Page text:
Born in Ghana and based in Nigeria, El Anatsui crafts bottle caps, reused aluminum commercial packaging, copper wire, and other materials into giant shimmering sheets of what he calls “cloths.” These metallic cloths are pliable and change according to how they are displayed in a gallery. In many ways, Anatsui’s work recalls traditional African kente cloth, which is made by weaving long strips into a patchwork whole. For the artist, as the son and brother of professional kente weavers, the kente cloth has both personal meaning and symbolic power.
Anatsui’s beautiful quilts of silver and dull gold transcend their materials to become a metaphor for shifting contexts and images of Africa. Embedded in the metal fragments are multiple histories and influences, ranging from the effects of the colonial period on Africa to current problems facing its people, including alcoholism, pervasive poverty, and the impact of global markets on the continent’s economies. Anatsui’s work also carries a poetic import. Critic Holland Cotter describes the pieces as reflections of “an African essence of three interchangeable parts always in motion: memory, reality, determination.”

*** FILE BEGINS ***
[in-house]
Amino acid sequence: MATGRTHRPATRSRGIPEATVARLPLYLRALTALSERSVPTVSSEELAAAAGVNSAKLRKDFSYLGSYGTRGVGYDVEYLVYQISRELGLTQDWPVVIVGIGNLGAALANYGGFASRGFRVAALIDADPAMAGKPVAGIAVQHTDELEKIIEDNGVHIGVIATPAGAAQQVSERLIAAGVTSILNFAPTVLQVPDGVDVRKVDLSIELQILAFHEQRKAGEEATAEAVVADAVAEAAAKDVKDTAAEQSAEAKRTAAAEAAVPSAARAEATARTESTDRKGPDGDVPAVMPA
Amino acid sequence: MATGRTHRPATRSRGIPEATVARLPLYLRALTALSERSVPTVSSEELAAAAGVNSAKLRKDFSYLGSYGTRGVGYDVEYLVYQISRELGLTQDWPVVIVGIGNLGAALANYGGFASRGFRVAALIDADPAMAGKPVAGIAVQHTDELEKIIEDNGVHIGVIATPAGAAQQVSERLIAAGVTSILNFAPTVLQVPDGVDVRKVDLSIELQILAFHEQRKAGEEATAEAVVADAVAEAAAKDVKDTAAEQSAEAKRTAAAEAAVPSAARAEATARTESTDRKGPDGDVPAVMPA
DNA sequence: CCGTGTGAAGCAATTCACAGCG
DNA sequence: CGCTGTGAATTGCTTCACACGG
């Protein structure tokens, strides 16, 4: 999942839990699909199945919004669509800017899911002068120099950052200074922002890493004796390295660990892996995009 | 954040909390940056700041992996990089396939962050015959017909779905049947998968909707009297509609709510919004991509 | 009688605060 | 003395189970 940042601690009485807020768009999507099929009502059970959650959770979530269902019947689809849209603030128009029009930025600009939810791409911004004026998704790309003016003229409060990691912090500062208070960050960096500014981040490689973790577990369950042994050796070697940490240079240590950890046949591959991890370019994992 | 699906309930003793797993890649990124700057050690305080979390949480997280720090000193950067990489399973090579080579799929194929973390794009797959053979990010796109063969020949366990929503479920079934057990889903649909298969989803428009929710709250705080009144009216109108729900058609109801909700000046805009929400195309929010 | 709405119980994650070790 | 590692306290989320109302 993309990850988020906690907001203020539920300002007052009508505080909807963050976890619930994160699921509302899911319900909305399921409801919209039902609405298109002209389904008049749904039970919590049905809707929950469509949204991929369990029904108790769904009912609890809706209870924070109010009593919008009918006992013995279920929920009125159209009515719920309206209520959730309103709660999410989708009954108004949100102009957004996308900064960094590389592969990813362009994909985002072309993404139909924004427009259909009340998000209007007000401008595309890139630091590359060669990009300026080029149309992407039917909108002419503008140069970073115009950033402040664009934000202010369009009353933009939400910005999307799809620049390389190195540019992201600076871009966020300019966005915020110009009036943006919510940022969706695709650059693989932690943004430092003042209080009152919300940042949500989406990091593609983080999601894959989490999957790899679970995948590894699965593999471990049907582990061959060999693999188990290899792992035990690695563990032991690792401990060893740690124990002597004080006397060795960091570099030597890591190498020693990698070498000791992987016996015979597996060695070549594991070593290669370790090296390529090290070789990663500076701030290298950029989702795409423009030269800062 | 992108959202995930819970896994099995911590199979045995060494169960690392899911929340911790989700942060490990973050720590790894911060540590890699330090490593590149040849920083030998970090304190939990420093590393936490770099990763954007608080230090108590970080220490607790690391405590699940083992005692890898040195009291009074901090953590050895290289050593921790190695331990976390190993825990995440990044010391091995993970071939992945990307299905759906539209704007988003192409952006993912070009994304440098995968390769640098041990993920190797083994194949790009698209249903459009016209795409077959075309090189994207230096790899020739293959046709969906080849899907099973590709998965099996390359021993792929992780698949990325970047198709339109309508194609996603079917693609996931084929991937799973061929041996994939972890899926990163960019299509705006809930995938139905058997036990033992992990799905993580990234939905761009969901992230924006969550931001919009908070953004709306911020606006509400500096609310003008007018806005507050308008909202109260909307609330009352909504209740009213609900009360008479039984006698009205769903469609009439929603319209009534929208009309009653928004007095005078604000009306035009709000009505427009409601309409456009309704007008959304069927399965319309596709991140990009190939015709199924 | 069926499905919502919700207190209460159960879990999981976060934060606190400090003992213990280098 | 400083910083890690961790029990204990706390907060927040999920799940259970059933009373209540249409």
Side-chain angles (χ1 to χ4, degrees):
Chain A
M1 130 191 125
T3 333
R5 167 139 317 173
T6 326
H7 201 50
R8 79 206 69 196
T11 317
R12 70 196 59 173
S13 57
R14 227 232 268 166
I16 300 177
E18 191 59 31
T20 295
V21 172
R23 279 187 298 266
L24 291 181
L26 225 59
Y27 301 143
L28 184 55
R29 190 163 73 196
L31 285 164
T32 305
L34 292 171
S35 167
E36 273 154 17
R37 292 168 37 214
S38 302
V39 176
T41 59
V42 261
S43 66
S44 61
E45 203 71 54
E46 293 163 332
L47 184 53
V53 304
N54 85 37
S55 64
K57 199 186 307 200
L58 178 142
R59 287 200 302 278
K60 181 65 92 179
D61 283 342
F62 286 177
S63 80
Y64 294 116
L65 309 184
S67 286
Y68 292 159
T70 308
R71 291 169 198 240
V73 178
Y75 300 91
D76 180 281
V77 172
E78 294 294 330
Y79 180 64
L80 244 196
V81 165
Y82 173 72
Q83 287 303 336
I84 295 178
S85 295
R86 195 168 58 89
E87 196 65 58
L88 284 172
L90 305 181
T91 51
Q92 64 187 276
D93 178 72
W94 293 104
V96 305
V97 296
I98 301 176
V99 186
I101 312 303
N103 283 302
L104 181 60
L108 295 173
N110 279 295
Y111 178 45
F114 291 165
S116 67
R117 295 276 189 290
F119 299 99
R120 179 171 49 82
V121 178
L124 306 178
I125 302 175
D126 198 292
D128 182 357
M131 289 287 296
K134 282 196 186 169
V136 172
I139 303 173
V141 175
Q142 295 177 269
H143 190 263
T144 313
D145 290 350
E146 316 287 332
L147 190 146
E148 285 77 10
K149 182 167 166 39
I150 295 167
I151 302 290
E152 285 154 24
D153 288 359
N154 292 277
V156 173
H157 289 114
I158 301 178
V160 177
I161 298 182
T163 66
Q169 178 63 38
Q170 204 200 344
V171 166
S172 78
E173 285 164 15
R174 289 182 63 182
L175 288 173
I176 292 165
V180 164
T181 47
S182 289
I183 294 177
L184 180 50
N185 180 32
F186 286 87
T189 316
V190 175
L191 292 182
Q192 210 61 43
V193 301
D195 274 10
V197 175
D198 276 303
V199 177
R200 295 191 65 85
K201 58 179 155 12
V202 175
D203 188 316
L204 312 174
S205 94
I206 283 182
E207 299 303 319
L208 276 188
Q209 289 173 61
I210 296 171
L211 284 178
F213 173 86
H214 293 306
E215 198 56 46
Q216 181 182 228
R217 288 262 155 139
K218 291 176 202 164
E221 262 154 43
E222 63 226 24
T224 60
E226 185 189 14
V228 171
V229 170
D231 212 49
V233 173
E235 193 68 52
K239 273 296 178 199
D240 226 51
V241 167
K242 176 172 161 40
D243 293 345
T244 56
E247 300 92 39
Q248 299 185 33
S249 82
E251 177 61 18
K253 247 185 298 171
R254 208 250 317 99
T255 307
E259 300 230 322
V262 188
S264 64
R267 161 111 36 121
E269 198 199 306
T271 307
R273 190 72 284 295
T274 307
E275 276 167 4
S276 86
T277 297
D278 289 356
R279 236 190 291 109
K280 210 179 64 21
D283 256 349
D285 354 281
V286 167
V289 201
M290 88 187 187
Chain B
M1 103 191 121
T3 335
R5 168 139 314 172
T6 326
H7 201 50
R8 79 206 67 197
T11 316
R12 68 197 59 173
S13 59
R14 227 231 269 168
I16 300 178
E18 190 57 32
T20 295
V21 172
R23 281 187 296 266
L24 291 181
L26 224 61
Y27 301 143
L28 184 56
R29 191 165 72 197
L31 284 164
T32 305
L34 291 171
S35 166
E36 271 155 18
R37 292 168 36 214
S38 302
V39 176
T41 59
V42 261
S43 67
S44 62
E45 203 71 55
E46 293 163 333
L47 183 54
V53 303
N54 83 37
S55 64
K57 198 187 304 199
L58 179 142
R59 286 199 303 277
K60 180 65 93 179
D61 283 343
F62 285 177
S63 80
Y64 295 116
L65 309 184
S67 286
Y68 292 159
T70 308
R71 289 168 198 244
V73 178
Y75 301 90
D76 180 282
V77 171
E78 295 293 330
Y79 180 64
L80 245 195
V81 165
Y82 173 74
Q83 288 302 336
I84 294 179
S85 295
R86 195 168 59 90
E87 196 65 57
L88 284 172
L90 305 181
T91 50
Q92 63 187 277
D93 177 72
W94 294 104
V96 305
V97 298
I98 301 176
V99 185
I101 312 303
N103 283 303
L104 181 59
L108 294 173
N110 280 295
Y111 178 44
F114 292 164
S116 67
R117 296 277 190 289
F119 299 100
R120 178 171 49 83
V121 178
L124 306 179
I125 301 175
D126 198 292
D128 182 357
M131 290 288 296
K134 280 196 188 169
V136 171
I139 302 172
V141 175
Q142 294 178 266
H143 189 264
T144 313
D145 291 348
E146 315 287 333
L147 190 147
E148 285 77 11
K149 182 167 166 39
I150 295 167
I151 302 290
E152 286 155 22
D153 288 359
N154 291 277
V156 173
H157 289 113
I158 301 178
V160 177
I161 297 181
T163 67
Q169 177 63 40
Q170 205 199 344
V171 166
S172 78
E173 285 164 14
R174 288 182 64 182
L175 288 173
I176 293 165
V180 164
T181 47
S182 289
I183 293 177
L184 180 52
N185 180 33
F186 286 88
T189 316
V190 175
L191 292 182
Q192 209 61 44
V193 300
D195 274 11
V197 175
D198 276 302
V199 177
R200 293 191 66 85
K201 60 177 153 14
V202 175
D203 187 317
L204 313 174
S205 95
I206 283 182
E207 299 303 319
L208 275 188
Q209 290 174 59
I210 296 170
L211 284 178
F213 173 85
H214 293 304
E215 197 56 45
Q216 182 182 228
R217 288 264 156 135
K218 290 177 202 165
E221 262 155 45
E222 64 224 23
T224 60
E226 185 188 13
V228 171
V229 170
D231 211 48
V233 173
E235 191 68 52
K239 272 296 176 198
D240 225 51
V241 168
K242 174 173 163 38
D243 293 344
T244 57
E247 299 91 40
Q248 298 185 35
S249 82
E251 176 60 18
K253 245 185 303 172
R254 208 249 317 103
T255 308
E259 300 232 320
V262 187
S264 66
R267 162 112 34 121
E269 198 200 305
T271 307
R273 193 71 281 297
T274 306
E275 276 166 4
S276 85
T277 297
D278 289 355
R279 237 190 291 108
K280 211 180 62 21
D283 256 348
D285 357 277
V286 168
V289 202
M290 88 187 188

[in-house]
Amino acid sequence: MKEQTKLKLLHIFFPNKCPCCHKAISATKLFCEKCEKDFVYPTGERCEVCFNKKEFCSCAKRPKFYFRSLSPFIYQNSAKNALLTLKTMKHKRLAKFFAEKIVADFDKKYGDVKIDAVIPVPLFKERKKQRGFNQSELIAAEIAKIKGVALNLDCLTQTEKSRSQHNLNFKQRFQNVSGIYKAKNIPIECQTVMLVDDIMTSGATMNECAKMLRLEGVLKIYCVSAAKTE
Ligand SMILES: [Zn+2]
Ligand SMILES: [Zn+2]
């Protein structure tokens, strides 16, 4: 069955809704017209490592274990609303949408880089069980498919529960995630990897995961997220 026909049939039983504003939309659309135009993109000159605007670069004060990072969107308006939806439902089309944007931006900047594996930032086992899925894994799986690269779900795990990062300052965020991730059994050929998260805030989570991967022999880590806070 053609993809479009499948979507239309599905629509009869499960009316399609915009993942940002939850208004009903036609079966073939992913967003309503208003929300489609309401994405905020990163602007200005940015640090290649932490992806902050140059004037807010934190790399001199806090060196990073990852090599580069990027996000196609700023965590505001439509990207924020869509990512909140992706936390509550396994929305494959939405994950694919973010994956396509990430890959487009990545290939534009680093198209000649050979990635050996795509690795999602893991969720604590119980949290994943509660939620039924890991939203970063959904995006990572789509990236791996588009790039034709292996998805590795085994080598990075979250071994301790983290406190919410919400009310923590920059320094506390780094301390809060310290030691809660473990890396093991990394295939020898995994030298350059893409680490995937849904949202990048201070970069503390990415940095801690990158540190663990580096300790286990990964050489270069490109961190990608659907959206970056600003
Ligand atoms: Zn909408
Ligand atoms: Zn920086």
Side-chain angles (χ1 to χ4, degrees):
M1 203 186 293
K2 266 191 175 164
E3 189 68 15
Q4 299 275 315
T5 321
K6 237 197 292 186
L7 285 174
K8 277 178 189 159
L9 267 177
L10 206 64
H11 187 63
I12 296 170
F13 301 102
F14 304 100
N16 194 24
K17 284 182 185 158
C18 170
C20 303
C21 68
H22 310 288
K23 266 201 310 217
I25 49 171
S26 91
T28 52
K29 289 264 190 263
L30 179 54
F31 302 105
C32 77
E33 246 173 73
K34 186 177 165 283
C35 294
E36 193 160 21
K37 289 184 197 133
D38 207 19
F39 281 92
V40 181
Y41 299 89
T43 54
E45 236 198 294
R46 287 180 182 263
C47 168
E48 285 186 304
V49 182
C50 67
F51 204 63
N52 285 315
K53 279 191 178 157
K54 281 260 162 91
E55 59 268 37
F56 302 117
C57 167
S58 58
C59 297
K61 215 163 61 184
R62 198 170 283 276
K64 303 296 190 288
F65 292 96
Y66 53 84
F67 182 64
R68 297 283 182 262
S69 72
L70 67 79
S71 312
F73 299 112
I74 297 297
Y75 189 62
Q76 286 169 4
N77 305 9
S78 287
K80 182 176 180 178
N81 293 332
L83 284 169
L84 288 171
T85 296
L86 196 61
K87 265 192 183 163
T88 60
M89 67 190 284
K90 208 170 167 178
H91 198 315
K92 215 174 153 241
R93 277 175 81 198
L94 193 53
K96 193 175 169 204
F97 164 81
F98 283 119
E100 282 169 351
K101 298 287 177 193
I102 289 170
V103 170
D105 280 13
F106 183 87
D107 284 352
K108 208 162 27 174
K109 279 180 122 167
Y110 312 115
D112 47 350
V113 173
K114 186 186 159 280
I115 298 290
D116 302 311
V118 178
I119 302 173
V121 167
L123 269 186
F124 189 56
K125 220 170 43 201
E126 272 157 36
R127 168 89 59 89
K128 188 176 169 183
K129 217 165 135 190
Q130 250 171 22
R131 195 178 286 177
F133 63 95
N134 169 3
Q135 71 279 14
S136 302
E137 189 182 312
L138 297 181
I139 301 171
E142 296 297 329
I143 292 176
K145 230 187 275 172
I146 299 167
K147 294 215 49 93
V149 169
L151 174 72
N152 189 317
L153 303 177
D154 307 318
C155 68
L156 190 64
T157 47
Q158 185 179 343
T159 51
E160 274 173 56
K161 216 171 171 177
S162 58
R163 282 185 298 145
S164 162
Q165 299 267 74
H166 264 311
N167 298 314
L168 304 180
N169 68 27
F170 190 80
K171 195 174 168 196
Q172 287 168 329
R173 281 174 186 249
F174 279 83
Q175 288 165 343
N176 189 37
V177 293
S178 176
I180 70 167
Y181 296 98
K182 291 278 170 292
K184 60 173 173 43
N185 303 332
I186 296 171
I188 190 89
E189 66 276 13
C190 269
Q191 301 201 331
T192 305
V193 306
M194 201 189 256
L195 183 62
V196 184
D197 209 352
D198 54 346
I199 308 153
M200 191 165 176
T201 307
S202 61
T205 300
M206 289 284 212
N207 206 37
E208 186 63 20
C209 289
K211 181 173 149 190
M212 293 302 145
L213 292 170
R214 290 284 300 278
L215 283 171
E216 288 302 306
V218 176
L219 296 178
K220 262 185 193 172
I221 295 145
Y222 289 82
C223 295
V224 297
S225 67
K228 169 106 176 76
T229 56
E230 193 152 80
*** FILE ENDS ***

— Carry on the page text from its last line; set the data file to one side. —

Strips of Earth’s Skin, 2008, evokes layers of dense history through its materials. Anatsui often speaks about the use of liquor labels and caps in his work, namely how colonial powers used liquor as items of trade and barter with Africans, with culturally complex results. Strips of Earth’s Skin is mindful of such histories, finding them literally and metaphorically part of the fabric of Anatsui’s life and work.